Jūrmala is a beautiful resort town made up of a string of unspoiled beaches that stretch for 15 miles. In addition to the sunny seaside charms, there is a lot going on a few steps back from the sandy shoreline. Dzintari Concert Hall, a 1930s throwback, hosts jazz, pop, and opera performances while Dzintari Forest Park has great spots to picnic and stroll and a viewing platform that rises for more than 110 feet alongside tall pine trees. On the west coast is Liepāja. Affectionately known as "the city where the wind is born," Liepāja sits on the rugged and windswept west coast of Latvia. Kitesurfing, paddle boarding, water skiing, wakeboard, and surfing are just some of the watersports offered. The town itself is a delightful patchwork of Art Nouveau and classic Russian Orthodox buildings. Other highlights include the daily markets and the Holy Trinity Cathedral, which lays claim to having the largest mechanical organ in the world.
Latvia is a seaside playground with its long Baltic Sea coastline that encompasses vast expanses of soft sand, steep cliffs, resorts, caverns, and impressive rock formations. Visitors are spoiled with the enticing choices of gorgeous beaches, including the surfers' paradise that is the town of Pavilosta, the rocky beach in Vidzeme in northeast Latvia, and Cape Kolka, where the Gulf of Rīga meets the open Baltic Sea. During the spring, many birdwatchers flock here to witness thousands of migratory birds passing through, sometimes more than 100,000 per day. For nature lovers who like their beaches a little on the wild side, the coast of Kurzeme is a good spot. This was once the militarized western border of the USSR. Today, it is a place of pristine beaches where you can walk for miles without encountering another soul.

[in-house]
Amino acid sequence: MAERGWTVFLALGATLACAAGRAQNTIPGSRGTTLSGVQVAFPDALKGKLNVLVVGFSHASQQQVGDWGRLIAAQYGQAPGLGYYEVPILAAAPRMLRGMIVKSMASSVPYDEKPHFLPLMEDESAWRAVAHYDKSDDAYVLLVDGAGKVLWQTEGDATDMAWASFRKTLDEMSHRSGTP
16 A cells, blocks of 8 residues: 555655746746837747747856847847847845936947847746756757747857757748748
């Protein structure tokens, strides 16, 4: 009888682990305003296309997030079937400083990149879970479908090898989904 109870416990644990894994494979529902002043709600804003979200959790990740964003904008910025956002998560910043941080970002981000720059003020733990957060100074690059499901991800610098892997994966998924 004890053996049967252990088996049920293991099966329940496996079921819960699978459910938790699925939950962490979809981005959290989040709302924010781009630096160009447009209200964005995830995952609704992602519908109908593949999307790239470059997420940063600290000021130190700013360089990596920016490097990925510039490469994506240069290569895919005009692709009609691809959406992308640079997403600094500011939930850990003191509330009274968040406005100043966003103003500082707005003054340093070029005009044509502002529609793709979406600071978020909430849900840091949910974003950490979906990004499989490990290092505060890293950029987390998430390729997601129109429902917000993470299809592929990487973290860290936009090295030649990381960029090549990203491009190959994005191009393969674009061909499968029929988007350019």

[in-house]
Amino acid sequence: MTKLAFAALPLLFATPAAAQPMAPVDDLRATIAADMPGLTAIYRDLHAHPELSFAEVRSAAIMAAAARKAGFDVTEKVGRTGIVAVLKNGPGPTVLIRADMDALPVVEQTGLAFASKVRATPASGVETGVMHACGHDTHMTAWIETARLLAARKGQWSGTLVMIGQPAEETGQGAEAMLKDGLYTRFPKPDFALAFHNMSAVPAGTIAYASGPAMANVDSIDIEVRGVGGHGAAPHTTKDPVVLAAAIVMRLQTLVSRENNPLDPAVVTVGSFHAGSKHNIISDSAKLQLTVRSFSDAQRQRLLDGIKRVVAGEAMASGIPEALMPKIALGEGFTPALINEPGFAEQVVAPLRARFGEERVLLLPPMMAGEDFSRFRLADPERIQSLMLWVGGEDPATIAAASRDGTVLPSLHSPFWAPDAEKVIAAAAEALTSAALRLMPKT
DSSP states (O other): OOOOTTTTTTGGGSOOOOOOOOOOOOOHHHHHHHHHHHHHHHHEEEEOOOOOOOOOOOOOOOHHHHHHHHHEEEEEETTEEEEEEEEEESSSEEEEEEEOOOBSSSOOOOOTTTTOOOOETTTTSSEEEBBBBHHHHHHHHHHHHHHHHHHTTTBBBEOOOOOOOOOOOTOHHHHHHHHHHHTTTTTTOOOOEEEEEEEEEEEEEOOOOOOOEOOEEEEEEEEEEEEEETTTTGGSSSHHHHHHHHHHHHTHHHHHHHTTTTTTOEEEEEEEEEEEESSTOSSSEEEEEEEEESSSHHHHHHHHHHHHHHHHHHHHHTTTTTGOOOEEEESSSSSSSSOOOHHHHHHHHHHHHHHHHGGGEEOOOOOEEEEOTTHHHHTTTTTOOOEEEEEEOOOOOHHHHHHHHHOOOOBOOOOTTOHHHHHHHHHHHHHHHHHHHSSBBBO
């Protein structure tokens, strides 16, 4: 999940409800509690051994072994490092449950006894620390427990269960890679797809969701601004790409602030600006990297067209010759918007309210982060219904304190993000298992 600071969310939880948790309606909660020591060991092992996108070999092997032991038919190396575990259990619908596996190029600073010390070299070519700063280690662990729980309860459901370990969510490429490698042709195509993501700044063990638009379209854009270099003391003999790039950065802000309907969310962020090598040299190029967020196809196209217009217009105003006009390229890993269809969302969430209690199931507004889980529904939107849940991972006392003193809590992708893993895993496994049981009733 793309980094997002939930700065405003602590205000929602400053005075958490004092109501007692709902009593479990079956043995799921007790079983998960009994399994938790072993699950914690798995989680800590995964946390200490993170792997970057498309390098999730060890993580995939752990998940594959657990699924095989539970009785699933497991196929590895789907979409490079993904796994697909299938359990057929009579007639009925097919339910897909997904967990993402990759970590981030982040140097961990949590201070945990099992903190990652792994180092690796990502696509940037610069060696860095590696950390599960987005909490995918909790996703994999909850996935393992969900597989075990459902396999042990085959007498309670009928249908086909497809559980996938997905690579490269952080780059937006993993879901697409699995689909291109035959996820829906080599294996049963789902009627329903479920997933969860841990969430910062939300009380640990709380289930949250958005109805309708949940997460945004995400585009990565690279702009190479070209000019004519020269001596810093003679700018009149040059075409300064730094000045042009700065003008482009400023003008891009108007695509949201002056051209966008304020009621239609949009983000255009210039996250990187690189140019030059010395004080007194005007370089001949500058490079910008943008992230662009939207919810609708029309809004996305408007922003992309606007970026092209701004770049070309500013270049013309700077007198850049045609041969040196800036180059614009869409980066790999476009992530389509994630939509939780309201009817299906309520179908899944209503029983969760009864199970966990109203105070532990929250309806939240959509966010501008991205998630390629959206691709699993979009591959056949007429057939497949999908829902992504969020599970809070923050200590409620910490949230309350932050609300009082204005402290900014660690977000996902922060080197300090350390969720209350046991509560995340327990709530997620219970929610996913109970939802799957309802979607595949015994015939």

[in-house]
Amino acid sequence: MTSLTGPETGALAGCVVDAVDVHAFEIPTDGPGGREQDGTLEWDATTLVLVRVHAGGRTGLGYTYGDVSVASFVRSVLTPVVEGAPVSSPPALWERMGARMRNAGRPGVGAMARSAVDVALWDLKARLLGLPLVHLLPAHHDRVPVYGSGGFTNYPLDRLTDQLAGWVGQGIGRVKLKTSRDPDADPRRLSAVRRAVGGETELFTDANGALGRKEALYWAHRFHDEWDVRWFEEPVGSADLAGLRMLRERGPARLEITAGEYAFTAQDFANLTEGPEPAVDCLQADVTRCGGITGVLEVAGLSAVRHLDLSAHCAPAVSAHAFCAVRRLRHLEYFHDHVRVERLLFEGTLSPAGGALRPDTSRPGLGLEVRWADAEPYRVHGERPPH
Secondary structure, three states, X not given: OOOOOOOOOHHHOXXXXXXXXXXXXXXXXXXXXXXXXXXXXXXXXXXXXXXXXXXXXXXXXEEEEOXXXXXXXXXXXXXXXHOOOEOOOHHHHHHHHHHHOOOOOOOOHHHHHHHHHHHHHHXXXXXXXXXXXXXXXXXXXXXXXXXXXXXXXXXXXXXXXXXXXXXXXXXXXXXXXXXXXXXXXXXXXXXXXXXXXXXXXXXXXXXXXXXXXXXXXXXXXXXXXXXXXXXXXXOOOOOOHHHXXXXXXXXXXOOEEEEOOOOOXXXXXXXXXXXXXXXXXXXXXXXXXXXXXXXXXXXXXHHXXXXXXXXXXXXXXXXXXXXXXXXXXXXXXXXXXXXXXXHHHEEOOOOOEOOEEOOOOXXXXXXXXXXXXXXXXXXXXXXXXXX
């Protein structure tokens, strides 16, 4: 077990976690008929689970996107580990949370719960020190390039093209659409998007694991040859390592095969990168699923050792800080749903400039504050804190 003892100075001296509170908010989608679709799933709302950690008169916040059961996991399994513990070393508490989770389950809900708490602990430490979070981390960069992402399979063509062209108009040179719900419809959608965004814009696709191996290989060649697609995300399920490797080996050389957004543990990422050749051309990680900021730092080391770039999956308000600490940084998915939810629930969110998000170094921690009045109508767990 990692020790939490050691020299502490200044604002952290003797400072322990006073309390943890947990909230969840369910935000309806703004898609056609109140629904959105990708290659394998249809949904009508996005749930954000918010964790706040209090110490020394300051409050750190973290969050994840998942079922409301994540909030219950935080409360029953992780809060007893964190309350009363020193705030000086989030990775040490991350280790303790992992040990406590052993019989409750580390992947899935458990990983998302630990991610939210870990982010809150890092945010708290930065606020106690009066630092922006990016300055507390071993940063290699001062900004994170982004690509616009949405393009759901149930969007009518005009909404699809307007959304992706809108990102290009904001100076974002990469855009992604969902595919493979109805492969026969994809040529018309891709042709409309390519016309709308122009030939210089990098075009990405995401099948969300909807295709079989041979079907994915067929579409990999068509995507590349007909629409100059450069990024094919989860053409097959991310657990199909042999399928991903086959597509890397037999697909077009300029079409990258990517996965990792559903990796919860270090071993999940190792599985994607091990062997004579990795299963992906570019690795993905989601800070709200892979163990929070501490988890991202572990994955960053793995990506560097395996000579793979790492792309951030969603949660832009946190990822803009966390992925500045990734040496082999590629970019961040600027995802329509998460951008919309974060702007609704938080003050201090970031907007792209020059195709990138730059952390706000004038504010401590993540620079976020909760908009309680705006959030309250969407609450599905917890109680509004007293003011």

The National Parks
Latvia's interior is a green wonderland of nature reserves and four breathtaking national parks. The country's largest and oldest is Gauja National Park, known for its rivers, sandstone cliffs, caverns and deep grottos. It is a popular place for cycling, hiking and watersports. Kemeri National Park excites with its natural mineral springs and medicinal mud while Slitere National Park encompasses broadleaf forests, bogs, swamps, and boreal forests. Latvia's youngest national park is Rāzna National Park, which was established in 2007 to protect Rāzna Lake and countless other inviting lakes in the region.
Hidden Gem: Other natural treasures in Latvia include Venta Rapid on the Venta River. At more than 800 feet across, it is the widest waterfall in Europe. During autumn and spring, flying fish can be seen leaping in front of the cascade. The ‘Old Brick Bridge’ across the Venta is lovely. Spanning 540 feet, its arches of brick and stonework were initially placed in 1874, making it the oldest bridge of its kind anywhere in Europe. This postcard perfect spot is a lovely place for picnicking along the riverbank.
Latvia is situated in northeast Europe on the eastern shores of the Baltic Sea. Estonia borders it to the north, Russia to the east, Belarus to the southeast, and Lithuania to the south.Latvia and Lithuania are members of the Schengen Area and will be eligible for visa-free travel with the ETIAS Visa Waiver Programbeginning in 2021.